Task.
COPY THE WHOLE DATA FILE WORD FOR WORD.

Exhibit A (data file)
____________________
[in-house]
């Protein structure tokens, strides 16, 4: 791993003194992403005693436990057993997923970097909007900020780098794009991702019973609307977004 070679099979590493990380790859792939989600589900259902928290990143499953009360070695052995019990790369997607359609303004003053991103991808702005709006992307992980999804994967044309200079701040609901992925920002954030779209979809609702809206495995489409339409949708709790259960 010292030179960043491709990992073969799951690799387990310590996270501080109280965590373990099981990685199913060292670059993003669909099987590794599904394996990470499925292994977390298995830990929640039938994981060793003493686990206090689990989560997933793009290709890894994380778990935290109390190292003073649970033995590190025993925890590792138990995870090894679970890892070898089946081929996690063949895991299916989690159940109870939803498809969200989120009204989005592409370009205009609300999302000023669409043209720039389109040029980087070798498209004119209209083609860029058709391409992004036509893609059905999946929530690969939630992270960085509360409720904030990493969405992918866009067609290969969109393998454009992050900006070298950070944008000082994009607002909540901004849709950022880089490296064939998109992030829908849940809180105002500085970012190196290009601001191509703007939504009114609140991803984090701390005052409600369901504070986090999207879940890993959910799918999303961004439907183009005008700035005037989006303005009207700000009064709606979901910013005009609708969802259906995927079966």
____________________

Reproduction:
[in-house]
């Protein structure tokens, strides 16, 4: 791993003194992403005693436990057993997923970097909007900020780098794009991702019973609307977004 070679099979590493990380790859792939989600589900259902928290990143499953009360070695052995019990790369997607359609303004003053991103991808702005709006992307992980999804994967044309200079701040609901992925920002954030779209979809609702809206495995489409339409949708709790259960 010292030179960043491709990992073969799951690799387990310590996270501080109280965590373990099981990685199913060292670059993003669909099987590794599904394996990470499925292994977390298995830990929640039938994981060793003493686990206090689990989560997933793009290709890894994380778990935290109390190292003073649970033995590190025993925890590792138990995870090894679970890892070898089946081929996690063949895991299916989690159940109870939803498809969200989120009204989005592409370009205009609300999302000023669409043209720039389109040029980087070798498209004119209209083609860029058709391409992004036509893609059905999946929530690969939630992270960085509360409720904030990493969405992918866009067609290969969109393998454009992050900006070298950070944008000082994009607002909540901004849709950022880089490296064939998109992030829908849940809180105002500085970012190196290009601001191509703007939504009114609140991803984090701390005052409600369901504070986090999207879940890993959910799918999303961004439907183009005008700035005037989006303005009207700000009064709606979901910013005009609708969802259906995927079966």